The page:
Skip to main content

Intel's updated server chip road map shows SoC delay, new Xeon D-1500

The new Xeon CPUs will be much smaller than current ones
The new Xeon CPUs will be much smaller than current ones
Audio player loading…

Intel refreshed its public processor roadmap just over a week ago and while it does not reveal anything fundamentally new, it does show that the follow up to its Atom server SoC, the C2000, has been postponed by almost a year.

Denverton, which is supposed to be a refresh of the current Avoton family, has been pushed in 2015 according to the slide which covers the whole of 2014 and expires in Q1 2015.

Intel already confirmed at IDF last month that it will unveil a Broadwell-based system-on-chip under the Xeon banner and we now know that it will be called the D-1500.

Both Denverton and the new Xeon D part are expected to use about 15W of power and are likely to be fabbed at 14nm.

It looks likely that the push is due to constrained capacity as Intel ramps up production of the Core M in time for the holiday season.

Whether that delay will have any impact on Intel's capacity to compete with ARM server parts remains to be seen. Cavium, AMD and Applied Micro all have parts on the market and HP is already using AM parts in its Moonshot servers.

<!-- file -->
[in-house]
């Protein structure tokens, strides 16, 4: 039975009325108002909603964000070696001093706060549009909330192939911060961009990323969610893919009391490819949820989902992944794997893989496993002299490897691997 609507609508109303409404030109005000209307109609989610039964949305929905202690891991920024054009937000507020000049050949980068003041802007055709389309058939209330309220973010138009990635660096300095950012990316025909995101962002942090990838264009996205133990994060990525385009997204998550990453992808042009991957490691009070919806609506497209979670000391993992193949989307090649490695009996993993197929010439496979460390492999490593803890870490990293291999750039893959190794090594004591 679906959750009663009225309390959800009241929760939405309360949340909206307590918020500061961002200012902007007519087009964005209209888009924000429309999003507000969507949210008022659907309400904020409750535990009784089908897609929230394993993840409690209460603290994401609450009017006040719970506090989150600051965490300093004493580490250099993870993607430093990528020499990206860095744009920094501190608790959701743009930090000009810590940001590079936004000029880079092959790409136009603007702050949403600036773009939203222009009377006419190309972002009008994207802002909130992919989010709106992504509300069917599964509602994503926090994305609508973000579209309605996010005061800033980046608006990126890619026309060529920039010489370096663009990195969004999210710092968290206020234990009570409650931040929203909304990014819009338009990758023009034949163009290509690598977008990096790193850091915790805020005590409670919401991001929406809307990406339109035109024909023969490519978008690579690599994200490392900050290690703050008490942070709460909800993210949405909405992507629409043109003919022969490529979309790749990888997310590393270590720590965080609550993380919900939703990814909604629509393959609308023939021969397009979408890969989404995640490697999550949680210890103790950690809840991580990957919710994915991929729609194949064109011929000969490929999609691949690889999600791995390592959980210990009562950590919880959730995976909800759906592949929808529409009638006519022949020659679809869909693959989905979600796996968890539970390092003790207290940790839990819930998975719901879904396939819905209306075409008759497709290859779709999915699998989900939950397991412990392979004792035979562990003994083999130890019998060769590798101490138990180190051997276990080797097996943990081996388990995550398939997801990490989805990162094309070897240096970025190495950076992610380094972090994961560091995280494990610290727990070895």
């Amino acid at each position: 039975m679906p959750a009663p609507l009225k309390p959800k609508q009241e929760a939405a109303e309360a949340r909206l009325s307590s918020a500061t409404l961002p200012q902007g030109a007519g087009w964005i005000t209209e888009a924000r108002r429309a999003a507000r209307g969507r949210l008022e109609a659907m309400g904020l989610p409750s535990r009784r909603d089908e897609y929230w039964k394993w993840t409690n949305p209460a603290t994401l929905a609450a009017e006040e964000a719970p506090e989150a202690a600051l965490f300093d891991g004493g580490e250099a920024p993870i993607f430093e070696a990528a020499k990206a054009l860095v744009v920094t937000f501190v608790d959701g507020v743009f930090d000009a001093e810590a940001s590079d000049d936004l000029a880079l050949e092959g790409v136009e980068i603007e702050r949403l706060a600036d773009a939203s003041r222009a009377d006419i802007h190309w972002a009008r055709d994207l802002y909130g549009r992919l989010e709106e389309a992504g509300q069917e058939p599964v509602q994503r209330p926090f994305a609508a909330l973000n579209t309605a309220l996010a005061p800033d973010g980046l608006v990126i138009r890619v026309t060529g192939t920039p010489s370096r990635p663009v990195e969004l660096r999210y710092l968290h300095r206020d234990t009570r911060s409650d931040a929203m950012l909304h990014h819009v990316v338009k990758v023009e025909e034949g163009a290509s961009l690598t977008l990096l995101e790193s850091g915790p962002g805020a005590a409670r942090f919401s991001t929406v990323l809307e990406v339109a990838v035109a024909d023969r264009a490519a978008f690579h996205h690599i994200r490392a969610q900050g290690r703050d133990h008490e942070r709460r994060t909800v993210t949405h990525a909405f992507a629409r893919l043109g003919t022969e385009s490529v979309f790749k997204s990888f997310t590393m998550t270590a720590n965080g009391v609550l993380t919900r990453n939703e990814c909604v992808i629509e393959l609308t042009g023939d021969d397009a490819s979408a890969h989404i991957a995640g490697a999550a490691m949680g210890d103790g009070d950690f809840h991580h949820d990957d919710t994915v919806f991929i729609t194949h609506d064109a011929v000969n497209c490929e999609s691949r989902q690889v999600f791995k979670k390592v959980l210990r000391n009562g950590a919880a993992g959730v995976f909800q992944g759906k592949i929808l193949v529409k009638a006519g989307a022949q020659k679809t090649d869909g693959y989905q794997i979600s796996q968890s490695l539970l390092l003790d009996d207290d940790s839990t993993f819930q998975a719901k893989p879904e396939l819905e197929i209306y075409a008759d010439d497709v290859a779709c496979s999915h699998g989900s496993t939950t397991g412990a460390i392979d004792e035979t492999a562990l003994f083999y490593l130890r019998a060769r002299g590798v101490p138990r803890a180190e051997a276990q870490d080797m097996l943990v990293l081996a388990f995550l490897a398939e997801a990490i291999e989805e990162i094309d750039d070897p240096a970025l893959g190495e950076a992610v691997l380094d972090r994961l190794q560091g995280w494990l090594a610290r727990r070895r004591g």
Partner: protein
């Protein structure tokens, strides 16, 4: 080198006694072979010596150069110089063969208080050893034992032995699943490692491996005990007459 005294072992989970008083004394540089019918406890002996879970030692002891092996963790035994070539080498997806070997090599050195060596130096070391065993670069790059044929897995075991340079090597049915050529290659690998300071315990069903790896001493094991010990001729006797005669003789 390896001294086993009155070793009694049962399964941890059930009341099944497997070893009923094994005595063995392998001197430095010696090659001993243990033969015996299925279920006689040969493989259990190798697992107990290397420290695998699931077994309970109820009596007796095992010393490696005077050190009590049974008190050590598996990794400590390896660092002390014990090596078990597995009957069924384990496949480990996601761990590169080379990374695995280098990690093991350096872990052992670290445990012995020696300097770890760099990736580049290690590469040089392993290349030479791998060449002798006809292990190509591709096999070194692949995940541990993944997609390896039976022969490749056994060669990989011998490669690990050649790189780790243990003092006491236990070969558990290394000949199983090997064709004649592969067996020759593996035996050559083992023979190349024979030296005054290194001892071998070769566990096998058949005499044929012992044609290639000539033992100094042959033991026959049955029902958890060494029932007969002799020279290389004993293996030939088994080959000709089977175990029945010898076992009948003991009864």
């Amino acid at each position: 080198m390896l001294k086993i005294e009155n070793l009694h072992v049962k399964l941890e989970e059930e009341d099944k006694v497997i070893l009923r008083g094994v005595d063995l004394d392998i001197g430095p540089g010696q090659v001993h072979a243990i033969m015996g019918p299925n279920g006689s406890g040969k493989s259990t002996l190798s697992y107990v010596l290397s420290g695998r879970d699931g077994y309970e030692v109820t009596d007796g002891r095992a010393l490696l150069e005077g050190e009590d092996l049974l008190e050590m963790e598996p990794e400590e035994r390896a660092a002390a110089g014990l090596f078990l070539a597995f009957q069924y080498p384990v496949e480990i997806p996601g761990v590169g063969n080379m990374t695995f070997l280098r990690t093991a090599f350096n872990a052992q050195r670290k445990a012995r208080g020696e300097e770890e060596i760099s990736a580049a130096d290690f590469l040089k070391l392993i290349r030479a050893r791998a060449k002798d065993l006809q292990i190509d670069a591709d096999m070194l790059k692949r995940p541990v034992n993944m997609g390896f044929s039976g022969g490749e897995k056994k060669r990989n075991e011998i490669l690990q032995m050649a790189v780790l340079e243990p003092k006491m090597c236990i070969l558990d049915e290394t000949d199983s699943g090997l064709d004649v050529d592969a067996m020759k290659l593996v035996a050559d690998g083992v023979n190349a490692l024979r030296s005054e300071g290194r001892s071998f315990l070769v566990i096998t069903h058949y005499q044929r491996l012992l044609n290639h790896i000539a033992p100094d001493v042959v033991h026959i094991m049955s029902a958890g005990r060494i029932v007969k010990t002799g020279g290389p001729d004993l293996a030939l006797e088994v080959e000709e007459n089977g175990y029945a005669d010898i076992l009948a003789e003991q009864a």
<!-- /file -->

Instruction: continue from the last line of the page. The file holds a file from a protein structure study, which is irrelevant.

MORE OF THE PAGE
Desire Athow

Managing Editor, TechRadar Pro

Désiré has been musing and writing about technology during a career spanning four decades. He dabbled in website building and web hosting when DHTML and frames were en vogue and started writing about the impact of technology on society just before the start of the Y2K hysteria at the turn of the last millennium. Then followed a weekly tech column in a local business magazine in Mauritius, a late night tech radio programme called Clicplus and a freelancing gig at the now-defunct, Theinquirer, with the legendary Mike Magee as mentor. Following an eight-year stint at where he discovered the joys of global techfests, Désiré now heads up TechRadar Pro. He has an affinity for anything hardware and staunchly refuses to stop writing reviews of obscure products or cover niche B2B software-as-a-service providers.